By the end of the fifteenth century the Qadiriyya had distinct branches and had spread to Morocco, Spain, Turkey, India, Ethiopia, Somalia, and present-day Mali. Established Sufi sheikhs often adopted the Qadiriyya tradition without abandoning leadership of their local communities. During the Safavid rule of Baghdad, from 1508 to 1534, the shaykh of the Qadiriyya was appointed chief Sufi of Baghdad and the surrounding lands. Shortly after the Ottoman Turks conquered Baghdad in 1534, Suleiman the Magnificent commissioned a dome to be built on the tomb of Gilani, establishing the Qadiriyya as his main allies in Iraq.
Koja Abdul Alla, a sheikh of the Qadiriyya and a descendant of Muhammed, is reported to have entered China in 1674 and traveled the country preaching until his death in 1689. One of Abdul Alla's students, Qi Jingyi Hilal al-Din, is said to have permanently rooted Qadiri Sufism in China. He was buried in Linxia City, which became the center of the Qadiriyya in China.
By the seventeenth century, the Qadiriyya had reached Ottoman-occupied areas of Europe.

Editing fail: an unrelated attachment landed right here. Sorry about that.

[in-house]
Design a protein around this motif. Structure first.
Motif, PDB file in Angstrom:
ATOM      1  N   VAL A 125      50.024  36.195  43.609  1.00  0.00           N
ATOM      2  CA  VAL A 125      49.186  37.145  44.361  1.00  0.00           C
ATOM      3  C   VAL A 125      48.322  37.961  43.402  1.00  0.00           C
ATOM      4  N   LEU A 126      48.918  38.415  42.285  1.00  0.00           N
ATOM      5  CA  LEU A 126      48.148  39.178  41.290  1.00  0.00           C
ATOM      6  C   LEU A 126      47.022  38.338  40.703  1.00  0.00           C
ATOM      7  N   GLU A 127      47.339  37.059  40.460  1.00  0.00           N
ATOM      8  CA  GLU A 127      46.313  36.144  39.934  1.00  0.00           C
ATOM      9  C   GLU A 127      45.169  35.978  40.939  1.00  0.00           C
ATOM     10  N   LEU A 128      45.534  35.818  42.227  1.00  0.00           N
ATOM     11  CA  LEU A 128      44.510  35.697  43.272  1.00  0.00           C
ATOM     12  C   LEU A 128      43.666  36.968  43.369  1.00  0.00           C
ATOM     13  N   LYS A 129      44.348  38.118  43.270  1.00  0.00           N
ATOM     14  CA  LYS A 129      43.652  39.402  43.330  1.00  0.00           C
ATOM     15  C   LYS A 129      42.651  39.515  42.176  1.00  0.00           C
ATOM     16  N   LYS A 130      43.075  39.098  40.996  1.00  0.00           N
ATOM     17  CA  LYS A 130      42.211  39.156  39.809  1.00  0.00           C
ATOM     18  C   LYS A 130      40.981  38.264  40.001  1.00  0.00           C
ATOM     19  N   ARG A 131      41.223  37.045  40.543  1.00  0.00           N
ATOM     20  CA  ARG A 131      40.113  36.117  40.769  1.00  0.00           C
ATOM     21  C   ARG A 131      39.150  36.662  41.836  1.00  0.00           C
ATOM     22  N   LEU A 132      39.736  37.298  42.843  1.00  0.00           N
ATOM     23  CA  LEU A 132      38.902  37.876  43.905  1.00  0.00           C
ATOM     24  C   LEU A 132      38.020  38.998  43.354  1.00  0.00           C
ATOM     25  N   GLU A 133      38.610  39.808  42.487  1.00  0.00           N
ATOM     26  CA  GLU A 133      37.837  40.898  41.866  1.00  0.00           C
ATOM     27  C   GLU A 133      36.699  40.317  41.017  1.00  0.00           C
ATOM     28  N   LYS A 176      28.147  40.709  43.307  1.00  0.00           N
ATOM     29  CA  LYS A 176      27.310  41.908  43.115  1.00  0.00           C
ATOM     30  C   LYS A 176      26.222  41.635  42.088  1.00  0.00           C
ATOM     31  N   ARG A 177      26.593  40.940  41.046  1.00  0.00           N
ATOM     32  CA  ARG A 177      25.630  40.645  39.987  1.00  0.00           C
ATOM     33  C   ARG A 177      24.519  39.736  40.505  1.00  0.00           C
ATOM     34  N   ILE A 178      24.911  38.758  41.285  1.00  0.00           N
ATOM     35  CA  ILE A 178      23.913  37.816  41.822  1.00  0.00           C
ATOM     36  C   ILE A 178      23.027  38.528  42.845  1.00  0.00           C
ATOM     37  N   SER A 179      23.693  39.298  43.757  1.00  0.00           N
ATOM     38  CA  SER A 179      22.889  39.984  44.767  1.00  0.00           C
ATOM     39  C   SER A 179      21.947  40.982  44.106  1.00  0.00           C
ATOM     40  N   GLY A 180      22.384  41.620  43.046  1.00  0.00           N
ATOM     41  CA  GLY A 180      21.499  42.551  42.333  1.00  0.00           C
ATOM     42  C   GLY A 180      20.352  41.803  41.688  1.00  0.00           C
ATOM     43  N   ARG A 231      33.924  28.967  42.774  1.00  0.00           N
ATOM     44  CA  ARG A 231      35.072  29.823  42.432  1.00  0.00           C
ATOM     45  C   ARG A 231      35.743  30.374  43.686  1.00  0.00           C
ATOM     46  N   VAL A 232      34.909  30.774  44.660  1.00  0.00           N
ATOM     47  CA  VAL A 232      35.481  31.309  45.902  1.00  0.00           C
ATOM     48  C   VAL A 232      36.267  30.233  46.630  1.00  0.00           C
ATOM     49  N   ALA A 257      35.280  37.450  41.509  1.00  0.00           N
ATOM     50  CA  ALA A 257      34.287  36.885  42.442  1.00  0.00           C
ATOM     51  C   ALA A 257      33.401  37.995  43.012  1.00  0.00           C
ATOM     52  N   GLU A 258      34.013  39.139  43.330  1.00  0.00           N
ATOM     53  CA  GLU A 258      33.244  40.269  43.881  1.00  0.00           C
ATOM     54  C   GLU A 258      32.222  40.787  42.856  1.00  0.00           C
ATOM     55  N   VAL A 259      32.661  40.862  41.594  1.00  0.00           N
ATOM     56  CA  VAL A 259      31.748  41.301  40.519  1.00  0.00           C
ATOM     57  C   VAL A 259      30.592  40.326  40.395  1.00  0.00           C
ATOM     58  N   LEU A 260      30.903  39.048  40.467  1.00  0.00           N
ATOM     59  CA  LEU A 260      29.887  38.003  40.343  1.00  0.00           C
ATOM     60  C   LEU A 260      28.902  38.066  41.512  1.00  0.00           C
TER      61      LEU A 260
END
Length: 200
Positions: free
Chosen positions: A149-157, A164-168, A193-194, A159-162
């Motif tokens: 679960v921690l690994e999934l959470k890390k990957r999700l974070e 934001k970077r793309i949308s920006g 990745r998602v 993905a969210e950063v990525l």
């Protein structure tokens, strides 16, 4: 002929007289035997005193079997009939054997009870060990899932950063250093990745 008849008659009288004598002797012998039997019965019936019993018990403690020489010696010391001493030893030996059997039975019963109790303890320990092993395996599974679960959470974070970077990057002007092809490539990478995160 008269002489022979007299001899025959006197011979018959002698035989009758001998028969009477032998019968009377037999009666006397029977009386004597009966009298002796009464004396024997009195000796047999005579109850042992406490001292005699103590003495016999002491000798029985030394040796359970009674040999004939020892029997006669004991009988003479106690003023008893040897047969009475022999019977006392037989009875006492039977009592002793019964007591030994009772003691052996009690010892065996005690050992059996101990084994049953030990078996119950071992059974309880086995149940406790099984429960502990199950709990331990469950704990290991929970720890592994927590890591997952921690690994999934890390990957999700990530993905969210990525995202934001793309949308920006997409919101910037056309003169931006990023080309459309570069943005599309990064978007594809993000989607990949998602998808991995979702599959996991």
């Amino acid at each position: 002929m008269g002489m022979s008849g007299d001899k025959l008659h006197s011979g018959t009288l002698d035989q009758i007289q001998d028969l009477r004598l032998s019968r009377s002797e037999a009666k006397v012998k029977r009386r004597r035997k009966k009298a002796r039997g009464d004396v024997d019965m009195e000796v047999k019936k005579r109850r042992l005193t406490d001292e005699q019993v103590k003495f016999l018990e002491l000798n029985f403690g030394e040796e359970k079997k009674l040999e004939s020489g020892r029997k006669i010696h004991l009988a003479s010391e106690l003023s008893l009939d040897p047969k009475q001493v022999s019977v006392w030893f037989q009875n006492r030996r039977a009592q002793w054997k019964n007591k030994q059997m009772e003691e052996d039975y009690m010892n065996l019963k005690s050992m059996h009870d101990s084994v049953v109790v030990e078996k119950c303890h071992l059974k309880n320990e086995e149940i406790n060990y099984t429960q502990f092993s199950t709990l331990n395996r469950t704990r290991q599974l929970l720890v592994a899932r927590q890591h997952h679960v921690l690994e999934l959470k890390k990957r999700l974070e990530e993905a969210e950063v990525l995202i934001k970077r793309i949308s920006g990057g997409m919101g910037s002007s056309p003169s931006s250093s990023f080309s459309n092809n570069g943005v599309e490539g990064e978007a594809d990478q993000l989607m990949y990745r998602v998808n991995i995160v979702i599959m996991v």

There were also many Qadiri sheikhs in Kerala, including Moula al-Bokhari (Kannur), Syed Abd al-Rahman Aidrusi (Ponnani), Syed Qutb Alavi Manburami, Sheikh Abu-Bakr Madavuri, Sheikh Abu-Bakr Aluva and Sheikh Zain-ud-din Makhdum Ponnani.
Features* Qadiri leadership is not centralised. Each centre of Qadiri thought is free to adopt its own interpretations and practices.
The symbol of the order is the rose. A rose of green and white cloth, with a six-pointed star in the middle, is traditionally worn in the cap of Qadiri dervishes. Robes of black felt are also customary.
[John Porter Brown, The Dervishes, OUP, 1927, pp.100-110]
Teachings emphasise the struggle against the desires of the ego. Gilani described it as "the greater struggle" (jihad) This has two stages; first against deeds forbidden by religious law and second against fundamental vices such as greed, vanity, and fear. A true seeker of God should overcome all desires other than wishing to be taken into God's custody.
Though the sunna is the ultimate source of religious guidance, the wali (saints) are God's chosen spiritual guides for the people. Such local Sufi saints command considerable local reverence. Sufi masters are not necessarily divinely-inspired but they are still responsible for guiding their disciples.
Names of God are prescribed as wazifas (mantras) for repetition by initiates (dhikr). Formerly several hundred thousand repetitions were required, and obligatory for those who hold the office of sheikh. [John Porter Brown, The Dervishes, OUP, 1927, pp.100-110]